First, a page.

KtB Wants You…To Write About the Eclipse

The total solar eclipse passing over the continental U.S. this August 21st is the first to do so in 99 years, but American eclipse stories go back much farther than that. It was a “Dark Day” in the spring of 1780 that apparently convinced Shaker leader Mother Ann Lee to “open” her revelation to new seekers. The midday blackness and the red moon that followed were, according to Chris Jennings’s Paradise Now, “a reprise of the midday eclipse that supposedly occurred while Christ hung suffering on Calvary,” according to the Synoptic Gospels. (As it turned out, the mysterious darkness was likely caused by enormous wildfires in Ontario, though no one knew that at the time.)

Of course, unusual movements of sun and moon are also cause to ponder more scientific wonders. In Thomas Paine’s The Age of Reason, in which he tries to prove the Bible false and nature the only repository of God’s magnificence, he uses the occurrence of eclipses as an example of the difference between divine nature and human knowledge of it. “Every person who looks at an almanack sees an account when an eclipse will take place, and he sees also that it never fails to take place according to the account there given. This shows that man is acquainted with the laws by which the heavenly bodies move. But it would be something worse than ignorance, were any church on earth to say that those laws are an human invention.” You might look at an eclipse as an apocalyptic omen or a reassuring glimpse of rationality, but whatever you do, don’t look at it directly: you can hurt your eyes that way.

I have to admit that what is fascinating me right now about the eclipse is its geography. I’m projecting politics up into the sky. I’ve been spending time learning about and working against the political gerrymandering that North Carolina has recently become nationally notorious for. Since I moved to North Carolina two years ago, I’ve become very conscious of myself as an “outsider”, and the lines drawn around my blue-dot region of the state, not to mention the political gerrymandering that North Carolina has recently become nationally notorious for. The Raleigh suburb Cary is said to stand for “Containment Area for Relocated Yankees.” The infamous segregationist senator Jesse Helms, weighing in on a debate about where the North Carolina State Zoo should be located, said something to the effect of “Why do we need to build a zoo? We should just put a fence up around Chapel Hill.”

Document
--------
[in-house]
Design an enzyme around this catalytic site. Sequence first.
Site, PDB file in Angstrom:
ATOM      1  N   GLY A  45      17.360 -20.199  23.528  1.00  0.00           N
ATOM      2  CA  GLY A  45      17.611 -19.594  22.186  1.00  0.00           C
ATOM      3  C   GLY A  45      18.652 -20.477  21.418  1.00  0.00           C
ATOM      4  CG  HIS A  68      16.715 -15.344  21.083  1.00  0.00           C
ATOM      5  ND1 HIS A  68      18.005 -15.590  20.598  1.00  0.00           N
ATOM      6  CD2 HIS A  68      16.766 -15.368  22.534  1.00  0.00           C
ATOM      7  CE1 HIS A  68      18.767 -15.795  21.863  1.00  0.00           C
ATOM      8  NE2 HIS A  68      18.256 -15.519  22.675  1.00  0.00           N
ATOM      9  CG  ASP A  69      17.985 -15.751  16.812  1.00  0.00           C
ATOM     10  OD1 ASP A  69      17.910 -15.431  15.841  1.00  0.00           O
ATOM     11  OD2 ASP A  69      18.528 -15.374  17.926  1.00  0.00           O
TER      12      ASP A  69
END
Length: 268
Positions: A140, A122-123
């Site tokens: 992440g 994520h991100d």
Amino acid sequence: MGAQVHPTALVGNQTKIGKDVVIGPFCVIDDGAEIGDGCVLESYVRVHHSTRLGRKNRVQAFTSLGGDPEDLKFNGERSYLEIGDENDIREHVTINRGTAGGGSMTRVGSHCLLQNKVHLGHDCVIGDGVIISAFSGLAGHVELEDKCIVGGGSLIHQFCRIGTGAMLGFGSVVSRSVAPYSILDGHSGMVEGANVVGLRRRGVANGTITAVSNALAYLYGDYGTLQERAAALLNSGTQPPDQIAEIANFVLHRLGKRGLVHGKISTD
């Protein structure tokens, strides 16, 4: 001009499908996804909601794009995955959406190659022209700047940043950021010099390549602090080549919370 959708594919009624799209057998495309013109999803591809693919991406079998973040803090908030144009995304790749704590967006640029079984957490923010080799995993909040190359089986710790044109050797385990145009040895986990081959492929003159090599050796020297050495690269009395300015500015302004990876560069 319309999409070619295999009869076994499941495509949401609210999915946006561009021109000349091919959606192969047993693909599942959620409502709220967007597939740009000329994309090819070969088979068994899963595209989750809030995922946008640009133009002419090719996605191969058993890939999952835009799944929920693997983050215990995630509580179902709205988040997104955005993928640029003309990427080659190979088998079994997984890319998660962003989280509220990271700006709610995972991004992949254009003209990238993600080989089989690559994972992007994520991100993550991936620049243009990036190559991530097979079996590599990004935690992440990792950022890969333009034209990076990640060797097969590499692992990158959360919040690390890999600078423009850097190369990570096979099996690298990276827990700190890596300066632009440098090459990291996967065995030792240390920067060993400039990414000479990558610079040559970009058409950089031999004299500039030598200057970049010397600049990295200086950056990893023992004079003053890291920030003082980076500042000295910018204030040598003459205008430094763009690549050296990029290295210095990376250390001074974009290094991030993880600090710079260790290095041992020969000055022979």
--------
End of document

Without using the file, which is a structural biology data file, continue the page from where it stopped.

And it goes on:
Segregating, redlining, the Big Sort–the eclipse, on the other hand, is no respecter of lines geographical, social, or political. Its west-to-east swipe across the entire continental United States makes its own path, one given the ominous-sounding name the Path of Totality. But there is something cheering about this sudden darkness. We’re not like the early Shakers; we can have confidence that the sun is coming back. But in the meantime, we can look up, wearing our eclipse glasses of course, and marvel at the power of something much bigger than the lines we draw.

But that’s me. Killing the Buddha wants to hear from you. We’re gathering a lineup of Buddha-killers along the Path of Totality, or thereabouts. So get your glasses, make your road trip plans, and send your eclipse stories–or photos, videos, haiku, cartoons, etc–to brook at killingthe Buddha dot com by August 25. And thanks!Courtesy Mark Margolis / Rainbow Symphony

Brook Wilensky-Lanford is the author of Paradise Lust: Searching for the Garden of Eden (Grove Press, 2011). An editor of Killing the Buddha, she lives in Chapel Hill, North Carolina. Follow Brook on Twitter: @modmyth